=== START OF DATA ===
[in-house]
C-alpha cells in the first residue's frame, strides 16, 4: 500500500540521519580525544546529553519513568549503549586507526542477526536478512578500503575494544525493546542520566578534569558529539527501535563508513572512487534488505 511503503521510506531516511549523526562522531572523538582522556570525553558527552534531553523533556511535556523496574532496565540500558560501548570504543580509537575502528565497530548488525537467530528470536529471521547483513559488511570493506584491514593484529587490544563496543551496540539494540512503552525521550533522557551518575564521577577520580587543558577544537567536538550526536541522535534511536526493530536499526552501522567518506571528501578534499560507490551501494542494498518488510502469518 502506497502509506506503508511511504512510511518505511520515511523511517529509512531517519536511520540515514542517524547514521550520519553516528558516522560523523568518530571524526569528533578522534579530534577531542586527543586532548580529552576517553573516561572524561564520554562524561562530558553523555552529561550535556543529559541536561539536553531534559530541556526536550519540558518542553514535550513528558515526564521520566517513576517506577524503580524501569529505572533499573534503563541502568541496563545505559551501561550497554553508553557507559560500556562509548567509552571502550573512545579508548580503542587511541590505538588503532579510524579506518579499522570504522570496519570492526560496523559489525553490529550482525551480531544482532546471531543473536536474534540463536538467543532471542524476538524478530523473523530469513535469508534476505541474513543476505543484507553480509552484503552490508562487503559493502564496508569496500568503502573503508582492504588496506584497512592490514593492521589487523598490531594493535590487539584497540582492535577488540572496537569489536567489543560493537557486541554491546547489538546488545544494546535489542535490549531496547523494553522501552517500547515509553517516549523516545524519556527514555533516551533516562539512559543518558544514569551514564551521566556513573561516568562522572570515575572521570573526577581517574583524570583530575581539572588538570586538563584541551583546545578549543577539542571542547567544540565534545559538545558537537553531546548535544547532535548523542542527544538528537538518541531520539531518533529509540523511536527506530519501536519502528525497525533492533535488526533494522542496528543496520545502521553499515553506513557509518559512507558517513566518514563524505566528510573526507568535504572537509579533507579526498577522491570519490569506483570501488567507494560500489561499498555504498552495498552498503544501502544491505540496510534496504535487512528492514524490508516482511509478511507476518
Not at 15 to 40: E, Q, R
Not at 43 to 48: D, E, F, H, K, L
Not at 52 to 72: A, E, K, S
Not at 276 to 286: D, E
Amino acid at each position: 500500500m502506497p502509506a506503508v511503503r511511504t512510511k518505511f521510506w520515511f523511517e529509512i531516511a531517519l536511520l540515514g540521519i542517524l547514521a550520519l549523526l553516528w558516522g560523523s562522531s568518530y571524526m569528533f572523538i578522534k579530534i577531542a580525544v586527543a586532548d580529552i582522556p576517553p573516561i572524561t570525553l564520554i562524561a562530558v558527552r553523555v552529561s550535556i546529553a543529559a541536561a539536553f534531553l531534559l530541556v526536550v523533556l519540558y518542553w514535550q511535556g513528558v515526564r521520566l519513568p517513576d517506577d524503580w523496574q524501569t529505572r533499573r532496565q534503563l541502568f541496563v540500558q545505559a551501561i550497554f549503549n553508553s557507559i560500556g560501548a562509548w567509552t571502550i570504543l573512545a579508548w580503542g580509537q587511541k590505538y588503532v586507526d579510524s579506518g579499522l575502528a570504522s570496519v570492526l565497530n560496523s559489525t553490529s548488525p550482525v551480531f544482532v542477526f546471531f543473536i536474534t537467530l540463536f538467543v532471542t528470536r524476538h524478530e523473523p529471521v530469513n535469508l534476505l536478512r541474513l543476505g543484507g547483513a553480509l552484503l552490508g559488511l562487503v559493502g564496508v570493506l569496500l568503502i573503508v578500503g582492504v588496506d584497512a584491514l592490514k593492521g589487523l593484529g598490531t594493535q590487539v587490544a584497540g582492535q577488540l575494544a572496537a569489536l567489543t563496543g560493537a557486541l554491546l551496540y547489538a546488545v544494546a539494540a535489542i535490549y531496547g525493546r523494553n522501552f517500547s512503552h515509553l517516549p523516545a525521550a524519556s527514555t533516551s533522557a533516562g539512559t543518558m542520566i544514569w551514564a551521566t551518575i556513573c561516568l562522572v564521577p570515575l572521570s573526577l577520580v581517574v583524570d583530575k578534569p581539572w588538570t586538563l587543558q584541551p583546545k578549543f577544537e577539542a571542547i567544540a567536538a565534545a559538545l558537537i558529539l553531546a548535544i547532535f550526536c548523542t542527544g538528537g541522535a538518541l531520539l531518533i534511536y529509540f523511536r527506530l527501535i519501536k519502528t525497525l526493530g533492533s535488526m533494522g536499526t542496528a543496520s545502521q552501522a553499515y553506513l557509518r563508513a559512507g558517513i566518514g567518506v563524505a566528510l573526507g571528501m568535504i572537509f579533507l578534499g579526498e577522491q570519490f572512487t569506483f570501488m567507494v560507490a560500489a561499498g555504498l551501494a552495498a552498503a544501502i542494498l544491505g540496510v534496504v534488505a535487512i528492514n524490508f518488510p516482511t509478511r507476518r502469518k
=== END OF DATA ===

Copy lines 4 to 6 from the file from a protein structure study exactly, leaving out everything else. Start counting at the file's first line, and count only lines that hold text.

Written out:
Not at 43 to 48: D, E, F, H, K, L
Not at 52 to 72: A, E, K, S
Not at 276 to 286: D, E